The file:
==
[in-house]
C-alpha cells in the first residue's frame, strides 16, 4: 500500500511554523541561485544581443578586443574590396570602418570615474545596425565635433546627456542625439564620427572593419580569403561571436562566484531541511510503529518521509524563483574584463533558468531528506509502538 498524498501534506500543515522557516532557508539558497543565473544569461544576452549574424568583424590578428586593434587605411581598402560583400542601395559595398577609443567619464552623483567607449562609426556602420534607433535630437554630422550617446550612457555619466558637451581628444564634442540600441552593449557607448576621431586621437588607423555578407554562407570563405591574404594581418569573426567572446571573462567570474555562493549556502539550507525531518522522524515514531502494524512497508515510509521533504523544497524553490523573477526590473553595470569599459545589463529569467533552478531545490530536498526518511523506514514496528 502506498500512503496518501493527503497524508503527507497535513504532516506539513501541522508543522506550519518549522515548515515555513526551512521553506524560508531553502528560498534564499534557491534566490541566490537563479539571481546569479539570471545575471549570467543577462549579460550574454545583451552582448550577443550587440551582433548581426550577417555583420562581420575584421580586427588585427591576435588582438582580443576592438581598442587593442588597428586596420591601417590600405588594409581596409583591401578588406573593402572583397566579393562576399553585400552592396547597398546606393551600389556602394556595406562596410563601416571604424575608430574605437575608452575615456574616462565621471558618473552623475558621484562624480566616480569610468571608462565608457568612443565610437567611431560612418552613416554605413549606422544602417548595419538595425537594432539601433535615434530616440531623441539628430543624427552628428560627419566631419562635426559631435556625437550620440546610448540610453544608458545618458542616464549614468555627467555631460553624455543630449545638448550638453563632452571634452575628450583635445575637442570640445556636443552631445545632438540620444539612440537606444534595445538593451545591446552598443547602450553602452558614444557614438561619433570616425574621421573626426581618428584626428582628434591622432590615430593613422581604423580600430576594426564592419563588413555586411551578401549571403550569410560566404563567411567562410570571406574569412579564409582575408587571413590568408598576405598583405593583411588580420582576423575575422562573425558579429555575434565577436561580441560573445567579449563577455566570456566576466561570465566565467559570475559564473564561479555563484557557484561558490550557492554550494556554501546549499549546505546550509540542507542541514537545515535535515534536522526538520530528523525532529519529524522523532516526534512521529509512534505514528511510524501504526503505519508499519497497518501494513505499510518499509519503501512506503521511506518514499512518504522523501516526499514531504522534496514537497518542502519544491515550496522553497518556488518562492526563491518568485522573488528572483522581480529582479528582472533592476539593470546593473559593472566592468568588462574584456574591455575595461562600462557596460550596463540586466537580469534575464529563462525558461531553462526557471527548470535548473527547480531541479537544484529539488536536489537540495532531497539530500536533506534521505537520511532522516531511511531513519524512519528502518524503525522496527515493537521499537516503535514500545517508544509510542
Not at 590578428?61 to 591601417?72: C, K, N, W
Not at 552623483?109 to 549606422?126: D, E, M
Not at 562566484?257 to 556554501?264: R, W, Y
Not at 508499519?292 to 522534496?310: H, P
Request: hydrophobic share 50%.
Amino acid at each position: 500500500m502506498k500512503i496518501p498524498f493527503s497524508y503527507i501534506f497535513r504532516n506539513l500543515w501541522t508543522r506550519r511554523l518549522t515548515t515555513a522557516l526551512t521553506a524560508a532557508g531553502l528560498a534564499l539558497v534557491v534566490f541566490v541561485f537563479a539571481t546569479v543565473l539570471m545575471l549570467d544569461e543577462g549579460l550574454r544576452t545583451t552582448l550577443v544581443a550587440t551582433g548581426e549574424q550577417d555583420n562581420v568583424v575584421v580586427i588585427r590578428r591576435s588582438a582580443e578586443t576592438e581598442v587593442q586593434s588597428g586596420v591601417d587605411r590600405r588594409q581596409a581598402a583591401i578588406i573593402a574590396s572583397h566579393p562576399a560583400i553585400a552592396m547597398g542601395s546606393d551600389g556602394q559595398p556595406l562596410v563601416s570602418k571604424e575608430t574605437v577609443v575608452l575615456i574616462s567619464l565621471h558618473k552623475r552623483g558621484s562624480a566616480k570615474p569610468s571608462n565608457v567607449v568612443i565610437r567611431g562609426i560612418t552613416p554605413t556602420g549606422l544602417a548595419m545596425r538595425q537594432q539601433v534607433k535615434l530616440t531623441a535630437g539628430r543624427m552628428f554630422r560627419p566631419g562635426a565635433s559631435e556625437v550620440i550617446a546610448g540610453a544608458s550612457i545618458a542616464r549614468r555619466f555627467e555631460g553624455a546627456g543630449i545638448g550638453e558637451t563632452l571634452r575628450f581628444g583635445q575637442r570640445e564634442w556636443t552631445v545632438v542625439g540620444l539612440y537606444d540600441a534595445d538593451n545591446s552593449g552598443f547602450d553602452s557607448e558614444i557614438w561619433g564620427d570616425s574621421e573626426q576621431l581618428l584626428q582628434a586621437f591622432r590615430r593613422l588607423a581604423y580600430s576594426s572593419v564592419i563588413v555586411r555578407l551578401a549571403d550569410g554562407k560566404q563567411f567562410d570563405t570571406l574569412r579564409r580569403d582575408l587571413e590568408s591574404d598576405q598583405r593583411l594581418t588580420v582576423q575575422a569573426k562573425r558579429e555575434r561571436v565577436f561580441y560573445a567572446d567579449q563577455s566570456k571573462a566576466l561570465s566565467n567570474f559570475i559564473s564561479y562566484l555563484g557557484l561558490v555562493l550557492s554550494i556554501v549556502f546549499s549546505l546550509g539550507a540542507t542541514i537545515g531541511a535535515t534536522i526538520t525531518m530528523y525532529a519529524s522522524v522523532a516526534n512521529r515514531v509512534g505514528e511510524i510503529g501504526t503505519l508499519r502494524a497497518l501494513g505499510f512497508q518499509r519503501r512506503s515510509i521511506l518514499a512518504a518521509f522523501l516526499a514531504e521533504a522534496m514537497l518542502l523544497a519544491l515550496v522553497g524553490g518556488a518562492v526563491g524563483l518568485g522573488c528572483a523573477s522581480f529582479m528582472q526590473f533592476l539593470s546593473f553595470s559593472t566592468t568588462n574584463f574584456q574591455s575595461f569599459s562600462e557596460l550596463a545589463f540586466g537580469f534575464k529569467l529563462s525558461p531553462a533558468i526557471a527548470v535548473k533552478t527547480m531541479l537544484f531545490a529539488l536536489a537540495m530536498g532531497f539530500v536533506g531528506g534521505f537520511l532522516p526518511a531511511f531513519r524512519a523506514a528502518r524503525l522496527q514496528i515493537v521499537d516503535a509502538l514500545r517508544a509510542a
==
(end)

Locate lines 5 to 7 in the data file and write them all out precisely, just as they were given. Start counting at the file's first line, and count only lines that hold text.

Not at 562566484?257 to 556554501?264: R, W, Y
Not at 508499519?292 to 522534496?310: H, P
Request: hydrophobic share 50%.